There are three curiousities about the group of eight pro-Brexit lawyers who will pass judgement on any revised deal.

First, while seven of them are Conservatives (of which six are MPs), one is a member of the DUP – Nigel Dodds.  The Tories have an common interest, as well as their party membership: they are all aligned to one degree or another with the ERG.  Meanwhile, Dodds is not only a DUP but the party’s deputy leader.  The ERG and the DUP have very good relations, but ultimately different interests.  And Dodds will have a responsibility to his party’s view if or when a revised deal is agreed.

Second, at least two of the group are opposed to the deal as it stands on wider grounds than the backstop.  Bill Cash has broad objections – for example, to Article 4 of the Withdrawal Agreement.  On its basis alone, he told the Commons recently, “one should not vote for the withdrawal agreement”.    Martin Howe’s take is similar.  David Jones is at the flintier end of the ERG spectrum.  With so much opposition to the deal in the group – and resistance that spreads wider than the backstop – how can it collectively approve any backstop revision?

Finally, Howe, who writes on this site today, has a long history of engagement with EU law.  (His chambers says that his practice “encompasses intellectual property and extends into wider fields of EU law and commercial and public law”.)  Cash has been immersed in EU law as an MP for over 30 years.  Raab had some engagement with EU law as a junior solicitor and is of course a former Brexit Secretary.  Now let us turn to the remaining five members of the group of eight.

  • Jones is a solicitor who was senior partner of a practice (David Jones & Company) based in North Wales.
  • Suella Braverman is a barrister who specialised in planning law.
  • Robert Courts’ chambers says that he has “a general common law practice, principally in the fields of criminal and personal especially Animal Welfare, Aviation, Police and Proceeds of Crime Law”.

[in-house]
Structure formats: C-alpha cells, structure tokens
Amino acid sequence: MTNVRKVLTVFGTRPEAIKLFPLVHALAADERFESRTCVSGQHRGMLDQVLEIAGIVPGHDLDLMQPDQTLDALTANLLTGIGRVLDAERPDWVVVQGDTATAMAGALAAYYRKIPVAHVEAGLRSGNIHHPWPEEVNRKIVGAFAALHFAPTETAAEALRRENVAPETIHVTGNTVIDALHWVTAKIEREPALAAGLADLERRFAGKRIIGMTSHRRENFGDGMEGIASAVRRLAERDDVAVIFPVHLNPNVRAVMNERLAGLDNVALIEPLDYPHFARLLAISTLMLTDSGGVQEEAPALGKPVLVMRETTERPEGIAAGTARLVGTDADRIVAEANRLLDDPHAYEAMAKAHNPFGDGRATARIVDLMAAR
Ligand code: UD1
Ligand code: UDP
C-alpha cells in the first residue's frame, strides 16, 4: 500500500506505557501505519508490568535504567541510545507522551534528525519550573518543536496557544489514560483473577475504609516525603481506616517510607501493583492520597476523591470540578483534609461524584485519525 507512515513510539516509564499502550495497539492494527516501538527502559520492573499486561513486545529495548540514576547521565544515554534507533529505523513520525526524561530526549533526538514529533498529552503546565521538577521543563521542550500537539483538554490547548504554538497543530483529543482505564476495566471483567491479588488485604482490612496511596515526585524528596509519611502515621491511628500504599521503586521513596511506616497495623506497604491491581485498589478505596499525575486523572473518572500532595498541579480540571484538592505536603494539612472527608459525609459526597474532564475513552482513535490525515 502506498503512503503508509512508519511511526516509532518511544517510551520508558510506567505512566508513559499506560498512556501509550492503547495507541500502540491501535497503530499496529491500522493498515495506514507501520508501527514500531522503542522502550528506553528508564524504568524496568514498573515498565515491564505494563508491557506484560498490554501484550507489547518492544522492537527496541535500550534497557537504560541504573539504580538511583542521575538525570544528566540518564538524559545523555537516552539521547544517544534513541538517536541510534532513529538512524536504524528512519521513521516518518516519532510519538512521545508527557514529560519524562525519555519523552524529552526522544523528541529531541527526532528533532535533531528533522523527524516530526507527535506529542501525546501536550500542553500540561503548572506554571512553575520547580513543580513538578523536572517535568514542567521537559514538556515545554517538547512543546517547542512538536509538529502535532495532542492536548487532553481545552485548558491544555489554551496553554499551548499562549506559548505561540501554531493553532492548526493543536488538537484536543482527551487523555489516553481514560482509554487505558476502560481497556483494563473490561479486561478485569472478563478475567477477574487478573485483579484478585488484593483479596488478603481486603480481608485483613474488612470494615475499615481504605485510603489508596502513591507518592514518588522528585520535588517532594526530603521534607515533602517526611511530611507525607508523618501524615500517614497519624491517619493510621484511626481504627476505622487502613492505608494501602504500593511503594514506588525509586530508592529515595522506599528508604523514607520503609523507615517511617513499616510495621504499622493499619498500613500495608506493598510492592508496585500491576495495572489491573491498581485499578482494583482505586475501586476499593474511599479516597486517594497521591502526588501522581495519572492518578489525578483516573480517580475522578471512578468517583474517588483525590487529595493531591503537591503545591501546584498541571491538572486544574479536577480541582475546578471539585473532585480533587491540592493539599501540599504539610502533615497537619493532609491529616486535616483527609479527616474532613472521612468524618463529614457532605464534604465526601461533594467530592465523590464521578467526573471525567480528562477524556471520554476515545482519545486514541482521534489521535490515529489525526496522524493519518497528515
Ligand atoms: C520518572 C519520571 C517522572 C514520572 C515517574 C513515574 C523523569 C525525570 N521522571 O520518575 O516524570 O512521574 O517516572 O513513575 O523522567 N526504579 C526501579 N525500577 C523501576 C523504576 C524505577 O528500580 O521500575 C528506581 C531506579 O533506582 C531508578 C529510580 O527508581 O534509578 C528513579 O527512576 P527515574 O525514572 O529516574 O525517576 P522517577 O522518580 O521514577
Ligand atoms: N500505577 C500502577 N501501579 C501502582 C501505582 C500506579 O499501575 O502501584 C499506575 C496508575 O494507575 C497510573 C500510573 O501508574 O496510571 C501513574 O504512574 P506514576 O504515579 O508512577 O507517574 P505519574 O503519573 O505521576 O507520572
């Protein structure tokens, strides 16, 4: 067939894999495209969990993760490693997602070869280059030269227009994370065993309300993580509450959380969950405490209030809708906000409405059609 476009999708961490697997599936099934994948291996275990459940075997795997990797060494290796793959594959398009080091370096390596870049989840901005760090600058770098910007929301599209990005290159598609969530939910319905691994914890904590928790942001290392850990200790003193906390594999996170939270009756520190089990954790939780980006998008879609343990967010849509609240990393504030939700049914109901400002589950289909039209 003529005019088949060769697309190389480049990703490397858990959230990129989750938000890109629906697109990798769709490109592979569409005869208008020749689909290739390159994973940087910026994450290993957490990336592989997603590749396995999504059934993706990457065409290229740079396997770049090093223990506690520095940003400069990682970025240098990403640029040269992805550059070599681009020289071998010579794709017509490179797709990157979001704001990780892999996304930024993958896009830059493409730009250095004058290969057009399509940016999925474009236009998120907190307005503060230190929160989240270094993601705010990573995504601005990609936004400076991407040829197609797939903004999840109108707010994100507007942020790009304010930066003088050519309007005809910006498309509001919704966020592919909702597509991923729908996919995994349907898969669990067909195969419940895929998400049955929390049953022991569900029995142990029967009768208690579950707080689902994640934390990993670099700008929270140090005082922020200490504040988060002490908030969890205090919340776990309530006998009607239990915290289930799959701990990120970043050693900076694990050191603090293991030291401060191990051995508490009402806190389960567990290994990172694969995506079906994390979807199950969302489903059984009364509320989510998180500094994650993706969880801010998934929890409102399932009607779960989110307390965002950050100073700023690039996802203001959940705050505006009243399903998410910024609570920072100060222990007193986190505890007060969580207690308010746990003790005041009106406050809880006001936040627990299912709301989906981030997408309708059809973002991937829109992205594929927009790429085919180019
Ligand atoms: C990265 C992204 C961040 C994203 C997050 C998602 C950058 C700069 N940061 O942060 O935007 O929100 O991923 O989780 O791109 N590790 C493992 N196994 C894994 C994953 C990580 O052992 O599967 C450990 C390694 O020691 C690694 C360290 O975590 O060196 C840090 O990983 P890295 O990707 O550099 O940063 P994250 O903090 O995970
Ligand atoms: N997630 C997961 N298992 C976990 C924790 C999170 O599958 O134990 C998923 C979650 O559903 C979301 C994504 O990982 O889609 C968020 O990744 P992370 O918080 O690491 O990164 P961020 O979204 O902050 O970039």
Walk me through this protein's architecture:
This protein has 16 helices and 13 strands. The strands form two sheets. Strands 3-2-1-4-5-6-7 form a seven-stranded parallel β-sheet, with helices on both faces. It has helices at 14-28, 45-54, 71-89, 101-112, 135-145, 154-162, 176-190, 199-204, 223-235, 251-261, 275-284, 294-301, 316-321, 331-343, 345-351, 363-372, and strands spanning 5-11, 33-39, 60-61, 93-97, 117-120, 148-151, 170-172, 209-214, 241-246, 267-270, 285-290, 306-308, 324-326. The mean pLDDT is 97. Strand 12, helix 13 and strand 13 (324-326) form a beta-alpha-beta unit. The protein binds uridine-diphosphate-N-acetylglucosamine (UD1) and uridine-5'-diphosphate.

• Michael Tomlinson’s is a member of the same chambers, which advertises his work in “contract, landlord and tenant, personal injury, property and chancery, public law & regulatory law”.
  • Dodds worked as a barrister in Northern Ireland. (It may be worth noting that he “won the university scholarship, McMahan studentship and Winfield Prize for Law”.

In other words, perhaps two of the eight can claim to have serious engagement with constitutional law – Howe and Cash.  But the latter is primarily a politician.  As are the remaining six: Jones, for example, may not have been a senior lawyer but he was certainly a senior politician – at one time a member of that most senior political body of all, the Cabinet.

All in all, this group of eight is constituted to take what will primarily be a political rather than a legal decision.  The same is true of Geoffrey Cox – who his chambers describes as appearing “in the High Court in civil fraud and asset recovery, commercial, human rights, defamation, and judicial review actions”.

Tomlinson gave a skilful interview to yesterday’s Sunday Times in which he succeeded in not closing down any options.  But the combination of Howe’s, Cash’s and Jones’ presence in the group of eight, and the absence of any visible breakthrough in the negotiations, should caution one against presuming that it is predisposed to sign up to any revised deal that the Government brings back.  Especially in the light of claims today about the state of the negotiation.